Today about an hour after we had lunch here at home, Bo asked if we had eaten lunch yet.
Two days ago, within the space of 30 minutes, this took place:
I said, “ Let’s go out for lunch — to Wendy’s so we can get a chocolate milkshake. “
“OK” he agreed as he got up from lying on the sofa for the last half hour. “But I’m not very hungry.”
“You can get just a small sandwich.”
A few minutes later he said, “I don’t really want to go out. I’m not hungry.”
“How about some soup?”
“Yeah, that’s what I want.”
So I went to heat a can of his favorite clam chowder (and add a can of his favorite food group: corn.) I began making him an open-face cheese sandwich.
Bo had gone upstairs, so I called up that the soup would be ready in a minute. I returned to the kitchen and in a few minutes he was there, asking, “Are you ready to go?”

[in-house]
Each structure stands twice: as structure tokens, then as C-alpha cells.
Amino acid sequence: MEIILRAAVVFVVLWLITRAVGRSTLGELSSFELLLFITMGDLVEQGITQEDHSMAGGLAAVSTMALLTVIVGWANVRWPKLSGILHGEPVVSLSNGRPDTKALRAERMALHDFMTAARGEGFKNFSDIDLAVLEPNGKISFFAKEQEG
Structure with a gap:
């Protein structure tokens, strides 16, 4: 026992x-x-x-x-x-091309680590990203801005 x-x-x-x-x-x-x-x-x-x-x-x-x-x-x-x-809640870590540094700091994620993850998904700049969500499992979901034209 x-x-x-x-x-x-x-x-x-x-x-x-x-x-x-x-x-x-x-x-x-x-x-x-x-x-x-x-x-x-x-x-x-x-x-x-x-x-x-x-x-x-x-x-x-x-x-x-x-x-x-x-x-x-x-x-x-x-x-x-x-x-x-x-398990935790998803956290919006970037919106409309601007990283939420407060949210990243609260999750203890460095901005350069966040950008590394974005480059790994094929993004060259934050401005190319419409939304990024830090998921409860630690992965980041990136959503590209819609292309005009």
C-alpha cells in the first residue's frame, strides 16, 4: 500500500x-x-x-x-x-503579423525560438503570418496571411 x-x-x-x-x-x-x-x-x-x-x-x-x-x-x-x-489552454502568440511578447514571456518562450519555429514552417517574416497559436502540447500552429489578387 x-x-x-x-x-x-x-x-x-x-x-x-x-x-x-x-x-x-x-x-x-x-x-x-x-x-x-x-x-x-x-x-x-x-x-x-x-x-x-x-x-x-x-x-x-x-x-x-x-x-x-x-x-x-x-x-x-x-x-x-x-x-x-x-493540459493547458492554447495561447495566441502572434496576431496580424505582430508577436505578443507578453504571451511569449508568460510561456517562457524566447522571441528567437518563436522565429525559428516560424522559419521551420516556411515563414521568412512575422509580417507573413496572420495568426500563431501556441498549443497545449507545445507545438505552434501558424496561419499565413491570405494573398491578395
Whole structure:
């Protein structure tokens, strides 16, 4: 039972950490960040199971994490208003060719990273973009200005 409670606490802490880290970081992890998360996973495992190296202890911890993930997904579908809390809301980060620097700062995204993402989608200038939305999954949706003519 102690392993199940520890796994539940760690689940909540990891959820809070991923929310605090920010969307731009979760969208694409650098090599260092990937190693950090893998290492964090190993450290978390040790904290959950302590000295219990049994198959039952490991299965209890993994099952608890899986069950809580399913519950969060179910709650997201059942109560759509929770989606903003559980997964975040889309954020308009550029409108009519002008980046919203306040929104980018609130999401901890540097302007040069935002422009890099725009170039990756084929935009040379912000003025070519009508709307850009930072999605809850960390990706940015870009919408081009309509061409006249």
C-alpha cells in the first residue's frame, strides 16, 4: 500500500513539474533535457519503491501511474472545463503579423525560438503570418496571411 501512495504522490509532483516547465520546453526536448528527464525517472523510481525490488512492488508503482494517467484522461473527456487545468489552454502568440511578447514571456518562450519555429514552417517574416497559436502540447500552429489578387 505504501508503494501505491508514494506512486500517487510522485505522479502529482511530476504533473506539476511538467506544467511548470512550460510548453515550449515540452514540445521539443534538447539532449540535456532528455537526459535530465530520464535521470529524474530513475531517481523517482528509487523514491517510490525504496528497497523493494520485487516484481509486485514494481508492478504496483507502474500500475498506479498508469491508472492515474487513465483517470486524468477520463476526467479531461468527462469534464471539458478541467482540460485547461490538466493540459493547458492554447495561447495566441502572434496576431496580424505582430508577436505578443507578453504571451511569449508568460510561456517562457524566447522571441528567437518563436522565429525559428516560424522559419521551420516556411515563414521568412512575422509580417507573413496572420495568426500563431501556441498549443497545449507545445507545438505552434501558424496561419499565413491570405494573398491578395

“Aren’t we going out to eat?” He had changed his clothes from his recent uniform of old cotton turtleneck and warm-up pants to a nice shirt and slacks.
“I have the soup heated; you said you wanted it.”
“I said that?” he asked.
It is at this point that I’m never sure what to do. Should I just go with the flow, grab the car keys and go to Wendy’s? Not even tell him he had said something else? We ate at home but he really wasn’t hungry. Eating is often more a chore than a pleasure now for him, the man who always loved food and ate everything enthusiastically.
While he was eating he asked me, “Did I have something like this last year?”
“What do you mean? Feeling tired and weak?” I asked. “Yes, you had something like this not too long ago.”
I couldn’t do it. I couldn’t remind him that he has Alzheimer’s. It seems too cruel to tell someone when they’ve forgotten about it.